Should I buy this lawn care business?

We all get delusions of grandeur from time to time. Thinking we would be a lot better off if we could snap our fingers and grow our businesses 100% or 200% over night. Maybe if we bought out a company for whatever price, we’d make that money back and in multiples. The higher the cost, the more we believe this is a real option, a legitimate option. But that is where we are wrong most of the time. Let’s take a look at the reality of buying another lawn care company from this discussion on the Gopher Lawn Care Business Forum and see what we are really up against when considering such an option.

One lawn care business owner wrote “I am in need of some help!  Here is my situation. Right now I have 10 yards totaling $500 a week. All of these yards are mowed and serviced by myself with once a week help (roughly $80 payout). I get several upsells jobs through out the year such as mulch, flower, hedge trimming, etc.

My question right now is, I have just started, gotten my sole proprietorship registered with the county but haven’t purchased insurance or any of my permits or licensing. I have been offered to purchase another mowing business for $10,000. With that business comes an additional 26 yards ($900 to $1,000 a week), trailer, ZTR mower, two line trimmers, leaf blower, and several misc tool. This business is about an hour from where I live, so roughly I can make two trips on one tank of gas. I have a friend who lives there that has another mowing business of his own, with that, he would give me his 8 yards($350 a week) if I employed him.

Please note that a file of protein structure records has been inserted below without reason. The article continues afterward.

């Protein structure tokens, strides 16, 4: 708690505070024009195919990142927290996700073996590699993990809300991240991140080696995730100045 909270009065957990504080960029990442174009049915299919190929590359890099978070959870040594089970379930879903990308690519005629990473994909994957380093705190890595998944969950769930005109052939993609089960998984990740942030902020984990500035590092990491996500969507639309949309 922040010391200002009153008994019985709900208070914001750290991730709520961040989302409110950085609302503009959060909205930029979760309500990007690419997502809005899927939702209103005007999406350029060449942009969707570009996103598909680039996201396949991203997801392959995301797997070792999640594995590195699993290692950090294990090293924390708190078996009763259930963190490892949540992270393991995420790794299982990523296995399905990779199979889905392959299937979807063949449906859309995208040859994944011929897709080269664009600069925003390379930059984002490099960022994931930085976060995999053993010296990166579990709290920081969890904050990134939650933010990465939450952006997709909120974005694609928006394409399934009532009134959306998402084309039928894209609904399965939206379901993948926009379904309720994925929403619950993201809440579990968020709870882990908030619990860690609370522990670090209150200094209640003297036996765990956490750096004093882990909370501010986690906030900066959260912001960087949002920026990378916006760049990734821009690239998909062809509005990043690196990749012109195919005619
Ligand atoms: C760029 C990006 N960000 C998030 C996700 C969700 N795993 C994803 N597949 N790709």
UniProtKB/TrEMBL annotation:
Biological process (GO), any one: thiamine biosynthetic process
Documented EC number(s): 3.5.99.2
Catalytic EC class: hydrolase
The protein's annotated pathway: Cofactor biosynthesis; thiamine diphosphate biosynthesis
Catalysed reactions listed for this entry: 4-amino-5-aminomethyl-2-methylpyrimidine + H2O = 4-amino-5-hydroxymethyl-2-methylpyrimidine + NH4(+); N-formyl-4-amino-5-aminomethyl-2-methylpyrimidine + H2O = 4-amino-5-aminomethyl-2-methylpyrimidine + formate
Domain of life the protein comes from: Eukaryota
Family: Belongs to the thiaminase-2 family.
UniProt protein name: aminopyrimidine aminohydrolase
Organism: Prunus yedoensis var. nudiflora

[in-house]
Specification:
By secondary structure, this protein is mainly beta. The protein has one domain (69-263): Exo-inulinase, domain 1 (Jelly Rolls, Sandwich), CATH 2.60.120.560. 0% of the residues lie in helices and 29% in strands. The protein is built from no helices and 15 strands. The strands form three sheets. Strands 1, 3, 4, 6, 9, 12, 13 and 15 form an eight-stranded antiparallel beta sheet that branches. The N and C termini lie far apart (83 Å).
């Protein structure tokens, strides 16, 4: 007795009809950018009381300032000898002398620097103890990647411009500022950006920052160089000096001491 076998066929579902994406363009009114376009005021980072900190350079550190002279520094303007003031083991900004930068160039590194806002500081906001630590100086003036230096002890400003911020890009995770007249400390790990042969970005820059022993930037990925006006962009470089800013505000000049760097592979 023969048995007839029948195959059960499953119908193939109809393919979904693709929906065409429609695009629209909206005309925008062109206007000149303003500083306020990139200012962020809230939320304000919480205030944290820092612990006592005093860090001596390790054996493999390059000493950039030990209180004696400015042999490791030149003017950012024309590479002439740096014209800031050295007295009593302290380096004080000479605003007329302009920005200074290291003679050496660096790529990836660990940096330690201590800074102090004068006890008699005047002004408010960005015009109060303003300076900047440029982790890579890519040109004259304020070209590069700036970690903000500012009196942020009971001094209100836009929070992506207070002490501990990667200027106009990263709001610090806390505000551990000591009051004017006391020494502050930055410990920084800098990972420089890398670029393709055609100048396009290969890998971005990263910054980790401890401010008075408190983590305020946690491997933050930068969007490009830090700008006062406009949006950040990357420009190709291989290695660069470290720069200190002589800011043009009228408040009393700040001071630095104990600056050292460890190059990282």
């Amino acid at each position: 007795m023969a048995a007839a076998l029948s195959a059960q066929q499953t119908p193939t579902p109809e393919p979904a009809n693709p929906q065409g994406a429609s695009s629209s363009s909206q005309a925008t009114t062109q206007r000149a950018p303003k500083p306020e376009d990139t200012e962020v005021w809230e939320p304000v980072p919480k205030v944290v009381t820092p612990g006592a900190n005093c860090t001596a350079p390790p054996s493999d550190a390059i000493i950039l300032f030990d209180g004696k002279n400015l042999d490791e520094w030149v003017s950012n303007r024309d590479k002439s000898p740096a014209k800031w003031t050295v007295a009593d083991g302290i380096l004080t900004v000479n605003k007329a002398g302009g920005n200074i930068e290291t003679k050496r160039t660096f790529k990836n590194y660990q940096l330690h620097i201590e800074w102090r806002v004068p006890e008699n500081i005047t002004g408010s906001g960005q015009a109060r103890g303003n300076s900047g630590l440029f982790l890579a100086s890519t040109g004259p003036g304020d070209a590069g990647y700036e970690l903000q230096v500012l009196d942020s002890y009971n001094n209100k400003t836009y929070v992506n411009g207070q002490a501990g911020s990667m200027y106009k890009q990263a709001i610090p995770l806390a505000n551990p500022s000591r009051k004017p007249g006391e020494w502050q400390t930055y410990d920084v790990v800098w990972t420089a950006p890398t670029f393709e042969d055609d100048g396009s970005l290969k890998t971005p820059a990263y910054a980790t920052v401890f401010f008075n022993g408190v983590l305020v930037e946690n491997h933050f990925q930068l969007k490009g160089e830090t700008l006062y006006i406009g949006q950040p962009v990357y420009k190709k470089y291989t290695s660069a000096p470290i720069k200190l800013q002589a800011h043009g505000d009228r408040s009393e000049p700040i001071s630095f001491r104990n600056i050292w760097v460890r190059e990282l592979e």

So now I wonder with this acquisition what other operating costs would I have? Does anybody have a rough figure of want liability insurance is a month, permits, fuel for travel and mowers, workers compensation and if they thought this would be a good decision or should I just stick with what I have and try to expand in my hometown? Also are there any other costs that I might be forgetting or ones that I could do without? Do I need workers compensation or not?

Are these operating costs accurate?

Here is all I got so far trying to figure:

  • Hire my friend as foremen of the one crew at $15 an hour.
  • Add on one employee with him for $9.
  • Have a helper with me at $10 an hour.
  • 16 hours of work for a split of 22 yards per crew.
  • Weekly income $1,850
  • Employee payroll of $544 = $1,306 a week.

So what I am asking is, of that $1,306 what else should I take out: Maintenance price?, insurance? and what else? If anybody could provide me with some monthly break downs that would be great!

Should you buy this lawn care business?

Should you buy this lawn care business?

Right now, I pay $3,500 for the yards I have to currently service, which is 10. In the area I live, there are several other lawn care companies I am competing with and I have done some advertising but haven’t received any more customers. Competition is pretty heavy here.